Why Might California Split Into Three States?

Cal 3 is a proposal to divide the US state of California into three separate states.

California is a US state located in the southern-western part of the country, along the Pacific Coast. With a population of more than 38 million, California is the largest state in the US, and has a population greater than 21 of the least populous states combined. California is the third-largest state in the country in terms of area and borders the states of Nevada, Oregon, Arizona, the Pacific Ocean, and also shares an international boundary with Baja California, Mexico. The state is geographically divided into two: North and South California. Known as the Golden State, California has the country's largest economy. California was admitted to the Union in 1850 and has since existed as a single entity. However, an initiative dubbed Cal 3 proposes splitting California into three new states.

California Split

California Split or Cal 3 is a ballot initiative that aims to split California into three states. Launched by Silicon Valley's Tim Draper in August 2017, the aim of the initiative is to hold a vote on November 6, 2018, to decide whether or not the state should be split. If a majority of the voters agree to the split, California will not automatically be split, but the process of creating three new states will begin. The split will only occur if Congress consents to admit other states into the Union. Therefore, Cal 3 only establishes the means within the state government for the proposed split.

Cal 3 was introduced in August 2017 and approved in October 2017 by California's Secretary of State. Draper was required to submit the signatures of at least 365,880 registered California voters by April 23, 2018. 12 days before the deadline, he had collected 600,000 signatures. On June 13, 2018, it was announced that the signatures were valid and sufficient. If the process is successful, then California will be split into Northern California, Southern California, and California. However, in July 2018, the Supreme Court of California decided to pull the Cal 3 initiative from the ballot pending further review.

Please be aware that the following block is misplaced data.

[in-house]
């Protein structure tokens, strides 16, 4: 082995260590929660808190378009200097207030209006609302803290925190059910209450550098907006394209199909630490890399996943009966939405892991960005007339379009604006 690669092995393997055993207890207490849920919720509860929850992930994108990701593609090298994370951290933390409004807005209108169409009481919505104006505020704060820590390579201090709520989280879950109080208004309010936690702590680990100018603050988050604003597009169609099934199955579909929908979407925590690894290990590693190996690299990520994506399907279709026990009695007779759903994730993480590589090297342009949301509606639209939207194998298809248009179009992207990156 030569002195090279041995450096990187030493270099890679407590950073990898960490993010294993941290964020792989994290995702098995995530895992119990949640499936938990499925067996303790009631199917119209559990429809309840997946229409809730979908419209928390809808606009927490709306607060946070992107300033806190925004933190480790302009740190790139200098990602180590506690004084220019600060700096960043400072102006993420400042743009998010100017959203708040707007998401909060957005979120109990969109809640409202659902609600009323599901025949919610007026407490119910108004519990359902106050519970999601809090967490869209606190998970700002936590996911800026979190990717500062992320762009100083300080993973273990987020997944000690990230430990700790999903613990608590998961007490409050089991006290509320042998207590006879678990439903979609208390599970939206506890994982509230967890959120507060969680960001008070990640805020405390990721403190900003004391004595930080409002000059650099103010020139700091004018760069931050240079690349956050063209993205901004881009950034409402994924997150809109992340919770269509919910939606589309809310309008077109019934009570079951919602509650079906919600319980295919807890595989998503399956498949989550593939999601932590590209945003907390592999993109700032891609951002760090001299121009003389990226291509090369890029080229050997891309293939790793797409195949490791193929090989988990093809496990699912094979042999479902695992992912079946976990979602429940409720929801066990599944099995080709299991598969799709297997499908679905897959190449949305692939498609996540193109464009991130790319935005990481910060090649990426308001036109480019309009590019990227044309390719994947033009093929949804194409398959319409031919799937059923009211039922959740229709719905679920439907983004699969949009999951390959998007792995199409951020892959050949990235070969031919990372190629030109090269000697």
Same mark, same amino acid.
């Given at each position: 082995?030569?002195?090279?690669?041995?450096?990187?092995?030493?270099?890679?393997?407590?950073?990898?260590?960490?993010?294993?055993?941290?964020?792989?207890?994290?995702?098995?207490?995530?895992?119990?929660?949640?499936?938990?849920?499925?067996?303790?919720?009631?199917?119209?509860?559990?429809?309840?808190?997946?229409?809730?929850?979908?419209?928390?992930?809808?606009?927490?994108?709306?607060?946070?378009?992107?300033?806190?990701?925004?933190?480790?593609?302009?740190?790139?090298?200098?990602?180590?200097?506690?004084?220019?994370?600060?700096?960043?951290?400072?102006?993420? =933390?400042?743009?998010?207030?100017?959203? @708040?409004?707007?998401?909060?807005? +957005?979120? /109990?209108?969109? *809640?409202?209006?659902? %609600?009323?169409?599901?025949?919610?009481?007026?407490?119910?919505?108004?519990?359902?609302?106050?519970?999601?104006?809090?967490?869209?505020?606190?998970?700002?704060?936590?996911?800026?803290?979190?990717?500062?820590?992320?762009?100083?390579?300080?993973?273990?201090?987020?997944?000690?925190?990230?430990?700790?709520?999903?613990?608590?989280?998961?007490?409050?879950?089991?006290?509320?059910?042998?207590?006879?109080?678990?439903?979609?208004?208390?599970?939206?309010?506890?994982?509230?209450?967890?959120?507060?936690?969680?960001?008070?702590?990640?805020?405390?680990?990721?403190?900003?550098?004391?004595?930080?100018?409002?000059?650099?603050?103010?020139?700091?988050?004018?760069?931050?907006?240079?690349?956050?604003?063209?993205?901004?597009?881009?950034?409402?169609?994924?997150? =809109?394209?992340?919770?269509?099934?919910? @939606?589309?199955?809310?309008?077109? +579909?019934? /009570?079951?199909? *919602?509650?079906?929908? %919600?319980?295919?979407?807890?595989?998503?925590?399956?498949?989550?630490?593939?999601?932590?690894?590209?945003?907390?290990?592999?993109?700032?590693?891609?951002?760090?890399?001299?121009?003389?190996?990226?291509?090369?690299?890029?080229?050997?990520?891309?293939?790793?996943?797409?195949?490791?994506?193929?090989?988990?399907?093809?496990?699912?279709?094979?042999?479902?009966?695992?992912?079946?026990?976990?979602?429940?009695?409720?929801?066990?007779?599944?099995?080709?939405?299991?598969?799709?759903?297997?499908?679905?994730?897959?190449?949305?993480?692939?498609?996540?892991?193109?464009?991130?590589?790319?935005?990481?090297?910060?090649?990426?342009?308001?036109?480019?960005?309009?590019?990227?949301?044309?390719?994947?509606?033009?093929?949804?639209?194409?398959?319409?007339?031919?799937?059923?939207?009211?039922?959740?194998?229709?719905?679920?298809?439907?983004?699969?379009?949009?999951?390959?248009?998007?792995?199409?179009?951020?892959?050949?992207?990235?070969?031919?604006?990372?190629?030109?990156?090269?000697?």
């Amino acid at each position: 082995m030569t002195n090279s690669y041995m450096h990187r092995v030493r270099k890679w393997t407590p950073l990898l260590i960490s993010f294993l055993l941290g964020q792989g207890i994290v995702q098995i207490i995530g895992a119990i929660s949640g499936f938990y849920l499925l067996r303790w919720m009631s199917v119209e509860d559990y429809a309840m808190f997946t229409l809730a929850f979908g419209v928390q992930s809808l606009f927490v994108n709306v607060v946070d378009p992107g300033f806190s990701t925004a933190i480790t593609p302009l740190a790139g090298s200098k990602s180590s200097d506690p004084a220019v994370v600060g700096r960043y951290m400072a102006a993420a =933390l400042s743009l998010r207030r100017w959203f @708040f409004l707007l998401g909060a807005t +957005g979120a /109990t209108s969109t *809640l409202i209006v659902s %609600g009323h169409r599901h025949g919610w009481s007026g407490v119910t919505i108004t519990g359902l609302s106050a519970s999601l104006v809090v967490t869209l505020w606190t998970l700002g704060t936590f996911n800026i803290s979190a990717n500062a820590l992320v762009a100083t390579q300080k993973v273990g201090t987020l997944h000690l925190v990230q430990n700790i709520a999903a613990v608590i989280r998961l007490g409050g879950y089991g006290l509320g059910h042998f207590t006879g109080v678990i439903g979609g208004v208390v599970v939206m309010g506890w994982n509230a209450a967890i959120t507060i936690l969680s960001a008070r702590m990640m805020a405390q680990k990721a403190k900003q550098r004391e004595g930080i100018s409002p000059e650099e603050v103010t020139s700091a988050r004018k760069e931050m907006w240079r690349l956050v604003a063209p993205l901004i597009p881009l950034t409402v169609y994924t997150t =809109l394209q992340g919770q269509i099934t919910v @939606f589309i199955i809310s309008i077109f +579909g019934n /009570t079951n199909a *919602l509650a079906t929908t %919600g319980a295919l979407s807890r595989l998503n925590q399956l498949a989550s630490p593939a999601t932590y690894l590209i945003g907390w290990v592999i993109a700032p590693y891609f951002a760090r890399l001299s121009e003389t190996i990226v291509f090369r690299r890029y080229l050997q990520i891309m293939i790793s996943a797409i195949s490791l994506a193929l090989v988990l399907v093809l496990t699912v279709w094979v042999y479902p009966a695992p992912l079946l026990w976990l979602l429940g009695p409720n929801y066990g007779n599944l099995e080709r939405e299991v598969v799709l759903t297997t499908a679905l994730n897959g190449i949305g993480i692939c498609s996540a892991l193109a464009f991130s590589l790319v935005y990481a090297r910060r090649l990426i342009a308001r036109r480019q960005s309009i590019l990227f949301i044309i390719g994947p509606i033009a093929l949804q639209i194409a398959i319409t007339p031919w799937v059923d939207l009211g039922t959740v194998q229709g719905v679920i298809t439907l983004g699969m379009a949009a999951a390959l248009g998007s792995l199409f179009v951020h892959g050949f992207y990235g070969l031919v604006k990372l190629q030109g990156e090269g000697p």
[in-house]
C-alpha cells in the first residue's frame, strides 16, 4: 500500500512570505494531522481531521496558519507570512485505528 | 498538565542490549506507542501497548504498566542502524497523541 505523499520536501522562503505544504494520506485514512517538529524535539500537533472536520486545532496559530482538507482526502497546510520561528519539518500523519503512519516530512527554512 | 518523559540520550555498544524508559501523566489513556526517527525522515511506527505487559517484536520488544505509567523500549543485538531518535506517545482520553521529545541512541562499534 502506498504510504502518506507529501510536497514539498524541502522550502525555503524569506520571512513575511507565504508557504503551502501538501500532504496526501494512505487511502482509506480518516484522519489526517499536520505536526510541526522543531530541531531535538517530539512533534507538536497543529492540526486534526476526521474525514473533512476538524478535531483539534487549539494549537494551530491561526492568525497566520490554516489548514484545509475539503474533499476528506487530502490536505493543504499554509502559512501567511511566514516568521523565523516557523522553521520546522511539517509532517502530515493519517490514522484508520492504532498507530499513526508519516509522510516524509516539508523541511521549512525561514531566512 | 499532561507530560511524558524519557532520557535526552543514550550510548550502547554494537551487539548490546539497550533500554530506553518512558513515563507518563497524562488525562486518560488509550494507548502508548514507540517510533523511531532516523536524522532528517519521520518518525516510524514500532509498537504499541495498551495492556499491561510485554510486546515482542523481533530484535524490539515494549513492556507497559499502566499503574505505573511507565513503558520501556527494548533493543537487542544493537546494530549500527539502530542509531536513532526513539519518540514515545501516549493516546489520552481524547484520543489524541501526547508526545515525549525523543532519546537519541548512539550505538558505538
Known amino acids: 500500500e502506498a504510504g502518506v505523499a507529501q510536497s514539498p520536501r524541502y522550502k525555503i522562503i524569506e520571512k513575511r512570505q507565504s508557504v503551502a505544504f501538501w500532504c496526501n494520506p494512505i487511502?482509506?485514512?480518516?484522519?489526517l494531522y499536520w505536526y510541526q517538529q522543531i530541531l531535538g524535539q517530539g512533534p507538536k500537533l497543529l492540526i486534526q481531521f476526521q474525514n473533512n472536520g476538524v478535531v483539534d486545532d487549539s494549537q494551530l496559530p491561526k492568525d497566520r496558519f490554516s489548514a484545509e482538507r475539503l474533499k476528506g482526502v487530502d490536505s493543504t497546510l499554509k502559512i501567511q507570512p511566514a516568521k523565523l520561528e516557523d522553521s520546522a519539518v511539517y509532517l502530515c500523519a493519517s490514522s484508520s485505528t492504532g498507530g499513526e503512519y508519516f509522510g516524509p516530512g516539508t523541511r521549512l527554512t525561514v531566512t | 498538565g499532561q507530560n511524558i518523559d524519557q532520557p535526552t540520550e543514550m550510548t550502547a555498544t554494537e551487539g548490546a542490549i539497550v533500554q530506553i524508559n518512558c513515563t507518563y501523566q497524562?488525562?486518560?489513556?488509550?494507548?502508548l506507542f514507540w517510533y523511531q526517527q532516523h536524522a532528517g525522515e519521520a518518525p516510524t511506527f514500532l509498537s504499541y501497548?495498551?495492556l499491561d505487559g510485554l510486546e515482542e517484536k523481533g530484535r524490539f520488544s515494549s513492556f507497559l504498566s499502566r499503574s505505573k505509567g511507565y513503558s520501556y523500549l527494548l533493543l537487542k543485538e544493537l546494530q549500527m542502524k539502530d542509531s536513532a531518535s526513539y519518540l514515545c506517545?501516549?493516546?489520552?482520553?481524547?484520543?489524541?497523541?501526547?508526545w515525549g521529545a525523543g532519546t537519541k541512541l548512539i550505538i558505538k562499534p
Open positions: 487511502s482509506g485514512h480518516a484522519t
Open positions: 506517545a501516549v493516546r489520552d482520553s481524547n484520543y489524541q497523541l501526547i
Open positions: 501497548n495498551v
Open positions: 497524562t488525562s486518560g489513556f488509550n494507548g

History of the Split

Since 1849, even before California was admitted to the Union, there have been over 200 efforts to have California split or redefined. However, every attempt has failed. In 1859, state lawmakers sent the first breakup plan to Congress, but the plan was quashed by the onset of the Civil War. In 1941, some residents of Northern California counties joined with Southern Oregonians in an attempt to form a new state that would be named “Jefferson.” However, the succession fever subsided following the attack on Pearl Harbor on December 7, 1941.

There was also a failed legislative effort to create a 51st state in 1965, by creating a dividing line at Tehachapi Mountain. The idea was revisited in 1978, but was again dismissed. In the early 1990s, there was a plan for an advisory vote to gauge whether residents of California would be interested in splitting the state into three. The most recent attempt before 2017 was the 2014 campaign by Tim Draper, who proposed that the state is split into six other states including Silicon Valley and West California. However, Draper failed to gather enough signatures to take his proposal to ballot.

More in Politics